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Don't Be an Accidental White Collar Criminal: 5 Tips from Preet

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By Casey C. Sullivan, Esq. on May 28, 2015 12:01 PM

There are plenty of white collar criminals out there: insider traders, embezzlers, nearly all of FIFA. But there are also plenty of people who stumble into corruption, not because they are corrupt, but because there is not a strong enough ethical system in their workplace.

How can in-house counsel insure that otherwise ethical businesspeople don't stray into illegal practices? Preet Bharara, the U.S. Attorney for the Southern District of New York, has some advice -- and if anyone is qualified to talk about white collar crime, it's him. Few lawyers have brought down as many white collar criminals as Bharara.

In a speech to Stanford Business School's Politics and Government Club, Bharara emphasized that a culture of silence can end up hurting a workplace. The speech was first reported by Stanford Business and republished in Inc. magazine. To counter the pressure to look the other way when misconduct arises, Bharara recommends that workers take five steps to maintain ethical behavior.

1. Report Your Suspicions: If something feels "fishy," Bharara says, it probably is. Encouraging employees to report suspect business practices can help companies nip any wrongdoing in the bud.

2. Encourage Openness: No one will report their suspicions if they feel like they will be punished or ignored for it, however. Instituting strong checks against retaliation and creating a culture where concerns can be freely shared is important to making sure employees feel comfortable expressing their thoughts.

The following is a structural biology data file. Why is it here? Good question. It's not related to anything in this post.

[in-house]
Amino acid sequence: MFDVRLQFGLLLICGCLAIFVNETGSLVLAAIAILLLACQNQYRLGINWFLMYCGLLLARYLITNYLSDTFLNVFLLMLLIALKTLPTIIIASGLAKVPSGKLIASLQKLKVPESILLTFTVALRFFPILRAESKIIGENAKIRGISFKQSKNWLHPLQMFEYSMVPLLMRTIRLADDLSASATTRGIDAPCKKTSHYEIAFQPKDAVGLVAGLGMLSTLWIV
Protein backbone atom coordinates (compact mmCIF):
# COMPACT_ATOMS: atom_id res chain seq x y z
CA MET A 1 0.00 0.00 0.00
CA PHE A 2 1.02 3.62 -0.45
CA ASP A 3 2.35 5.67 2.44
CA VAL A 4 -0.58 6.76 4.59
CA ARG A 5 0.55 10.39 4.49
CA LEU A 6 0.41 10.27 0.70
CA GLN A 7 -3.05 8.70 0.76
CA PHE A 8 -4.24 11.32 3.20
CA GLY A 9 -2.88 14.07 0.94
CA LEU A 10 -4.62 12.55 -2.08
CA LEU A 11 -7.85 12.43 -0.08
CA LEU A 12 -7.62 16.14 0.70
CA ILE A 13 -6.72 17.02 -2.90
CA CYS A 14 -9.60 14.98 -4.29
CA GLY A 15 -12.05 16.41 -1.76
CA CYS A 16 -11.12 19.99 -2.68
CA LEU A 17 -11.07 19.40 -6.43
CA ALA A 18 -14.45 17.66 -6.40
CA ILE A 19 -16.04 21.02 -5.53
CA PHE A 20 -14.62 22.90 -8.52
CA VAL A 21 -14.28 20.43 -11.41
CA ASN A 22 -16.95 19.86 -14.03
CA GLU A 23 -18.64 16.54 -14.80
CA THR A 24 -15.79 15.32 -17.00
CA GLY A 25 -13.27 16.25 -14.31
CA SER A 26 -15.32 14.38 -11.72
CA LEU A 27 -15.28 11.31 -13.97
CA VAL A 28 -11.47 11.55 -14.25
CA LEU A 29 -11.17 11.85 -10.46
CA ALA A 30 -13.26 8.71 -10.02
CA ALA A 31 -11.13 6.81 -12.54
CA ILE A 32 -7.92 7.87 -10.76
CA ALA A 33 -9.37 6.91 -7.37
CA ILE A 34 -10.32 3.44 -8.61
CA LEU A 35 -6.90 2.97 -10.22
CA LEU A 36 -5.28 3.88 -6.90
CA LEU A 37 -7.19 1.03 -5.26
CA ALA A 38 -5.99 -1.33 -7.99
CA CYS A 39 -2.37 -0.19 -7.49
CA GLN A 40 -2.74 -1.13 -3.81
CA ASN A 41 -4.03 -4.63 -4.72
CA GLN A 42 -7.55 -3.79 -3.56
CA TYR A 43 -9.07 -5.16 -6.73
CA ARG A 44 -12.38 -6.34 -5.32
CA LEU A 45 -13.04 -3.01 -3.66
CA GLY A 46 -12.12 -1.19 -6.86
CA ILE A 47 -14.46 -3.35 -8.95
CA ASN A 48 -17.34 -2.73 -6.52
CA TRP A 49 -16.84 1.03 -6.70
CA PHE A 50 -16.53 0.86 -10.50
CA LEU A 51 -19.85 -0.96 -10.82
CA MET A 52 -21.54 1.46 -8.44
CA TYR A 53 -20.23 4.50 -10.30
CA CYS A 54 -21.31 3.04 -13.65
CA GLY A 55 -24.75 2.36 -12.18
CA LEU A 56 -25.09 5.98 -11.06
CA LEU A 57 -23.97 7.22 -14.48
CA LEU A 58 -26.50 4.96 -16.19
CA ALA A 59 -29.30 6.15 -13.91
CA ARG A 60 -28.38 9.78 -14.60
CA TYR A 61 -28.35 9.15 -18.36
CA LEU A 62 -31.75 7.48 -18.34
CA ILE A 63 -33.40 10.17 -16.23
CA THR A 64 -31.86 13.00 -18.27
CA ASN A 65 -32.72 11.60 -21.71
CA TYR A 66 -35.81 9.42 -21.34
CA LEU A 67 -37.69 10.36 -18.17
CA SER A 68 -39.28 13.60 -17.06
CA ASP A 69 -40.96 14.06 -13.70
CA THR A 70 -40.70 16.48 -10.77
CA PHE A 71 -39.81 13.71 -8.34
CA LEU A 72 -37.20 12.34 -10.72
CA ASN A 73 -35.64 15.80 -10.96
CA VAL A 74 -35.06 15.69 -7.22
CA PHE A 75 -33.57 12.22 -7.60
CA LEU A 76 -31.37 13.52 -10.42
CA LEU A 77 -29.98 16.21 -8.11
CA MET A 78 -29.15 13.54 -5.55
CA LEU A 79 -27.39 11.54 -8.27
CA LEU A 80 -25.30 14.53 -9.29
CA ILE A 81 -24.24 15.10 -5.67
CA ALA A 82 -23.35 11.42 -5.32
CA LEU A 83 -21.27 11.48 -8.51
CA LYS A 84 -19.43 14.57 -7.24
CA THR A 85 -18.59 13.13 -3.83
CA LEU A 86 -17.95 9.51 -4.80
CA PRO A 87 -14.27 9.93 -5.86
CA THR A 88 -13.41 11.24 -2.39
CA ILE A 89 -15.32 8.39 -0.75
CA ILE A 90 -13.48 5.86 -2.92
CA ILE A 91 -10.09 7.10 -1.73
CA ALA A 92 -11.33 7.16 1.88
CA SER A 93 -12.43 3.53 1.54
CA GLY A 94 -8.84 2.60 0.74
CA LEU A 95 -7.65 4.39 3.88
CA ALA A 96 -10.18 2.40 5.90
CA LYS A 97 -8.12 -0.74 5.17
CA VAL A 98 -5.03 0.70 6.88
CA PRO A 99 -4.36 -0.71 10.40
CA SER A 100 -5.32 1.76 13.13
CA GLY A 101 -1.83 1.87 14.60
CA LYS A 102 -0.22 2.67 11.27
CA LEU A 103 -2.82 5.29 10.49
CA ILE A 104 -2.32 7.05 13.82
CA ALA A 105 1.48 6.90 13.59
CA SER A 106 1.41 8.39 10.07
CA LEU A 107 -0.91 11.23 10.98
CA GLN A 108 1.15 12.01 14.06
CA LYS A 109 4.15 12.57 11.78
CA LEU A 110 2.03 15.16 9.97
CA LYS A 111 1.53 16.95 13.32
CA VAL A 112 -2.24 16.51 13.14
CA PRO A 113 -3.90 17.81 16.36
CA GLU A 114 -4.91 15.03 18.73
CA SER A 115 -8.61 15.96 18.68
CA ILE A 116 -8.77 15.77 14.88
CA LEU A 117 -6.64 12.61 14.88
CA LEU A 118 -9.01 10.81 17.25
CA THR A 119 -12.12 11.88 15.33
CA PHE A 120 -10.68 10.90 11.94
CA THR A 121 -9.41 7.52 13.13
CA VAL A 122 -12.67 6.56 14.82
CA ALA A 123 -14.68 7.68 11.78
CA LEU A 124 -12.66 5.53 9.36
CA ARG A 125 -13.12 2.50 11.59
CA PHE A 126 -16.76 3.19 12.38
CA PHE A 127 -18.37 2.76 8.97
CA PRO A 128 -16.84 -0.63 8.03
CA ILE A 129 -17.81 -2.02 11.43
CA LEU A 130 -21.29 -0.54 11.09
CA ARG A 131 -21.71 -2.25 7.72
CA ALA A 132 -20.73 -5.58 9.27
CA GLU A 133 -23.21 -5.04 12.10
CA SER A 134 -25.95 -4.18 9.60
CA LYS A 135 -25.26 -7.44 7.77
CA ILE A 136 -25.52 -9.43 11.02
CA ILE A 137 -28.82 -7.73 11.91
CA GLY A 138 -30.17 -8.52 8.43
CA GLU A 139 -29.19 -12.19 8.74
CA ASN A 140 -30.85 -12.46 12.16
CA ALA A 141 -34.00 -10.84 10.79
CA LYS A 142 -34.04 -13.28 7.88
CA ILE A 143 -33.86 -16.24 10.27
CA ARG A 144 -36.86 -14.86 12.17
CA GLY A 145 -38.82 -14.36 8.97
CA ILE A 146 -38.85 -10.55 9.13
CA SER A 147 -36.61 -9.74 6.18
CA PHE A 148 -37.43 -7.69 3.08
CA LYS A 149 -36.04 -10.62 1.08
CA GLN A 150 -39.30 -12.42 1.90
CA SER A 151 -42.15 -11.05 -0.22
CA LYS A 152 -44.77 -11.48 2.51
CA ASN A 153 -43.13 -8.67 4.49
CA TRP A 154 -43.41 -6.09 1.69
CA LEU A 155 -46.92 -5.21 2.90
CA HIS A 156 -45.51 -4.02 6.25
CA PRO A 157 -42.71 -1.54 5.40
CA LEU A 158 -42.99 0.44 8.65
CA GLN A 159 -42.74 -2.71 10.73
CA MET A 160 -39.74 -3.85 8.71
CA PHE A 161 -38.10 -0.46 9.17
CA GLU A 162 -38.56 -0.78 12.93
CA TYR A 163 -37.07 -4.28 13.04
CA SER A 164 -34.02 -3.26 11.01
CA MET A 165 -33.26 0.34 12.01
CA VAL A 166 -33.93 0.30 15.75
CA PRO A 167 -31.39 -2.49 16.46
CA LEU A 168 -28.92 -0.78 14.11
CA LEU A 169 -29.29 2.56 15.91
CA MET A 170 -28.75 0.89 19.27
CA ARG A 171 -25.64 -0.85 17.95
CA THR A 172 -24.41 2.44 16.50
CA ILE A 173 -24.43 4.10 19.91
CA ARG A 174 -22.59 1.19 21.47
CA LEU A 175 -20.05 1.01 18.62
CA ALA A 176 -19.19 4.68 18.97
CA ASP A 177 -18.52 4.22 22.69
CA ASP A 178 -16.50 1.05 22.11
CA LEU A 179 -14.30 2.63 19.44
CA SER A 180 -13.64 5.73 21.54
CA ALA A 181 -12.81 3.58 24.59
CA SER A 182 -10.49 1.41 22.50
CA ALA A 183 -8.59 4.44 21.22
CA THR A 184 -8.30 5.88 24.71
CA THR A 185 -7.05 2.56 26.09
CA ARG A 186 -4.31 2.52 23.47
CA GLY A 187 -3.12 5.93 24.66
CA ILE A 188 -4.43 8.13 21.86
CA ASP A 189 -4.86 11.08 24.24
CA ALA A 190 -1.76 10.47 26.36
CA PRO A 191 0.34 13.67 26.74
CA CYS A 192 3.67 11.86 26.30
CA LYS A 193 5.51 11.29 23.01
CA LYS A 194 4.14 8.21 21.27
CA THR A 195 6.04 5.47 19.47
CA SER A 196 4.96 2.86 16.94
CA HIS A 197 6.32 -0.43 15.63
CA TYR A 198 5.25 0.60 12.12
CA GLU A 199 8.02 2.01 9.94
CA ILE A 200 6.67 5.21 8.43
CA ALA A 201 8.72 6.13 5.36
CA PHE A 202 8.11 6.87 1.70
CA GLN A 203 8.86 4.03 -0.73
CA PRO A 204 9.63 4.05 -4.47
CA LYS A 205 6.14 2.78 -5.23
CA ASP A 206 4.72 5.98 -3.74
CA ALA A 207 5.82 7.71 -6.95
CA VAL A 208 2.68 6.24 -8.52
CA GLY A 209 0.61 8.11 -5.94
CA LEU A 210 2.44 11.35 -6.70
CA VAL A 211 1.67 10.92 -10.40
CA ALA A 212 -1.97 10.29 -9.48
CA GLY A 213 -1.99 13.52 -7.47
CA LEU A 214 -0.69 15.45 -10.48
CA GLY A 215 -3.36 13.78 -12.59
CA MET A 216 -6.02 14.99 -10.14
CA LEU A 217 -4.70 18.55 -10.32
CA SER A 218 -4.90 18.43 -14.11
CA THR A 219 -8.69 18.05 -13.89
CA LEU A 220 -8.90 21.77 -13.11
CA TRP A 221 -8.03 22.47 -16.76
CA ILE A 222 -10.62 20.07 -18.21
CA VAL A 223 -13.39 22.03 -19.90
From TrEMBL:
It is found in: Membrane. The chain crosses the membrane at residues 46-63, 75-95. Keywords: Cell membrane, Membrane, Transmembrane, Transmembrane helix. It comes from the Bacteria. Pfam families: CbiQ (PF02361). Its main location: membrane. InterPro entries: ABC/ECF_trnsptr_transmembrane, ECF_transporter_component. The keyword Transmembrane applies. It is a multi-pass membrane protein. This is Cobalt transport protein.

3. Keep Your Reputation in Mind: When deciding if a concern is worth investigating, Bharara recommends keeping the company's reputation for honesty and ethics at the forefront. Reputational damage can be difficult to recover from.

4. Seek Out Ethical Employers: Not ending up working for the next Bernie Madoff means that businesspeople, and in-house counsel, need to ensure that prospective employers have a strong commitment to the law and ethics. In interviews, ask about how companies handle ethical concerns and how they might respond to reports of unethical behavior.

5. Practice: In perhaps his best tip, Bharara recommends working through hypothetical scenarios. How would your corporation, from H.R. to the legal department, to the chief executives, respond to legal and ethical problems that could arise? Actually play out the scenario. Strategizing and developing plans in advance can leave you better prepared should those issues ever arise.

Following Bharara's advice could help keep you and your company from becoming accidental white collar criminals.

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